Traveling Around the Empire: Iberian Voyages, the Sphere, and the Atlantic Origins of the Scientific Revolution
By Lino Camprubí
Eä – Journal of Medical Humanities & Social Studies of Science and Technology, Vol.1:2 (2009)
Abstract: This paper aims at illuminating the links between spherical geography, Catholic empire and the Atlantic origins of the scientific revolution. Boldly put, the theory of the sphericity of the earth stood at the center of Iberian expansion and its imaginary; in turn, imperial patronage contributed to give a new status to that theory and to transform it into one of the sources for the early modern worldview.
Three main moments constitute the previous argument. First, voyages developed along with spherical geography, in which lumps of earth were located in terms of latitude and longitude. Second, Iberian voyages of discovery developed spherical geography by enlarging the Greek known world, or oikumene, and gave new ground to the theory of the sphericity of the earth in the midst of medieval competing models, specifically one that held that the sphere of the earth was suspended over a sphere of water too large to be navigated. Third, imperial voyages together with spherical geography, practice merged together with theory, rendered the entire world subject to human measure and exploration. For the first time, it also made clear that the natural knowledge developed from antiquity to the early modern period could and did produce practical power.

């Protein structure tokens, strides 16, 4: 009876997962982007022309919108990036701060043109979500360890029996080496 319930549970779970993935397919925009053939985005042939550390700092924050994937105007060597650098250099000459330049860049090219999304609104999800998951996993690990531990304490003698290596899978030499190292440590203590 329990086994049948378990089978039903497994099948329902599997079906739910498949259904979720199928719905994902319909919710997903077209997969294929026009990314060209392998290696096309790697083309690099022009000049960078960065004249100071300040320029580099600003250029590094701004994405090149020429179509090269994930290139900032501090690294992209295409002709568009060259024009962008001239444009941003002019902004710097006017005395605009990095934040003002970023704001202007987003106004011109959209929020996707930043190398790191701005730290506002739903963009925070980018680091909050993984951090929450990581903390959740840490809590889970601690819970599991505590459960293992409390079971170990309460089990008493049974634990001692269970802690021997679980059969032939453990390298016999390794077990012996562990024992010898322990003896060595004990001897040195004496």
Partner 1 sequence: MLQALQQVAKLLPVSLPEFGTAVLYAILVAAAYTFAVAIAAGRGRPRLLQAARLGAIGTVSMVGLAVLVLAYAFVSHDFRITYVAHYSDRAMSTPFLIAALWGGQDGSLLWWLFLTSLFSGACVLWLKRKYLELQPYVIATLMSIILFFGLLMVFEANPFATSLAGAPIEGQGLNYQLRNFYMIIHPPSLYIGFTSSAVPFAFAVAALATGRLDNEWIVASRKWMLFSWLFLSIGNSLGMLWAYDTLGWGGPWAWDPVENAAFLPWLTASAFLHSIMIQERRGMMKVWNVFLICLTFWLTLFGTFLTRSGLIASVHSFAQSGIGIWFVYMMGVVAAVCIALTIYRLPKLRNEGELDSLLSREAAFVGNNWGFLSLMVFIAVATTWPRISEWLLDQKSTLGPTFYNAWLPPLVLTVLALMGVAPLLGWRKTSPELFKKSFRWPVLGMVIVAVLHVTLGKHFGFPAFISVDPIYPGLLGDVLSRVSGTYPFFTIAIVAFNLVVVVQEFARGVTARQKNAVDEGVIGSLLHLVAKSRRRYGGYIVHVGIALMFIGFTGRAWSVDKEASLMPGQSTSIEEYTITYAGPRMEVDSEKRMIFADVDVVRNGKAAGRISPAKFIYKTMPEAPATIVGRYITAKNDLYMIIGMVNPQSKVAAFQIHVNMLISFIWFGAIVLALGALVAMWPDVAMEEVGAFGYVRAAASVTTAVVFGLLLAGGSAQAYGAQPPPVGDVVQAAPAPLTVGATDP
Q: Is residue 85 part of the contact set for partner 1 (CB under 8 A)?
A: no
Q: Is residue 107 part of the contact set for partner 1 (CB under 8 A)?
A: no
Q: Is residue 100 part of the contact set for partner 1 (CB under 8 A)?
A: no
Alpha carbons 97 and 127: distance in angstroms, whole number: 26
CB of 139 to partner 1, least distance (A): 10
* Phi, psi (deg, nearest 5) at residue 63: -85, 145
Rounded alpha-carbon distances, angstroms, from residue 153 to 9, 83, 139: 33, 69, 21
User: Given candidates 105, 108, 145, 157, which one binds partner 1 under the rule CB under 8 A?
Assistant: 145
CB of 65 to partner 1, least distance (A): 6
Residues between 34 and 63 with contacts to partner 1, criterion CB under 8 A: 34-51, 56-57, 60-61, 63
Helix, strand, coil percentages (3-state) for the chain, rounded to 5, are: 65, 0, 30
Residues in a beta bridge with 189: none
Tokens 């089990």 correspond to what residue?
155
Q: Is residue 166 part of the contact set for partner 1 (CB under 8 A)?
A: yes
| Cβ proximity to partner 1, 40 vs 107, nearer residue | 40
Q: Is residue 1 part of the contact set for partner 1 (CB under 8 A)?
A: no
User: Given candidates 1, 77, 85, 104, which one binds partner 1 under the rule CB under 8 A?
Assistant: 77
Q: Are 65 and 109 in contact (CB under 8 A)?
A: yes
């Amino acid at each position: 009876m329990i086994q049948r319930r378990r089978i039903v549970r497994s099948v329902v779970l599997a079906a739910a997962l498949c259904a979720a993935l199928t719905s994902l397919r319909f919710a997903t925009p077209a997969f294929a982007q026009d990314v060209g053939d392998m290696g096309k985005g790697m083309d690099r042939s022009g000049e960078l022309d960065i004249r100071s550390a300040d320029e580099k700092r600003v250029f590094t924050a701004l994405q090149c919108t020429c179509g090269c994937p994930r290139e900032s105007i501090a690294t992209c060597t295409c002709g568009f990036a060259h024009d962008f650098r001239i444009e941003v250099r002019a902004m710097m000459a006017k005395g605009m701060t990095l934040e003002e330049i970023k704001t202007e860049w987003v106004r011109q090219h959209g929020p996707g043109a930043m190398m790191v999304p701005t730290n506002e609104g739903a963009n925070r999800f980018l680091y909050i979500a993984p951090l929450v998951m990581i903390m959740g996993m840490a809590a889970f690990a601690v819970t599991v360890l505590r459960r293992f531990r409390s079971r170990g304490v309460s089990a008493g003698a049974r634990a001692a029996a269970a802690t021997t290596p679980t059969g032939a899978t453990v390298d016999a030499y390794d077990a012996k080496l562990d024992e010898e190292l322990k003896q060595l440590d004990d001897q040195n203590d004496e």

Thus, the simultaneous development and mutual nourishment of spherical geography and imperial voyages was a significant source for the scientific revolution.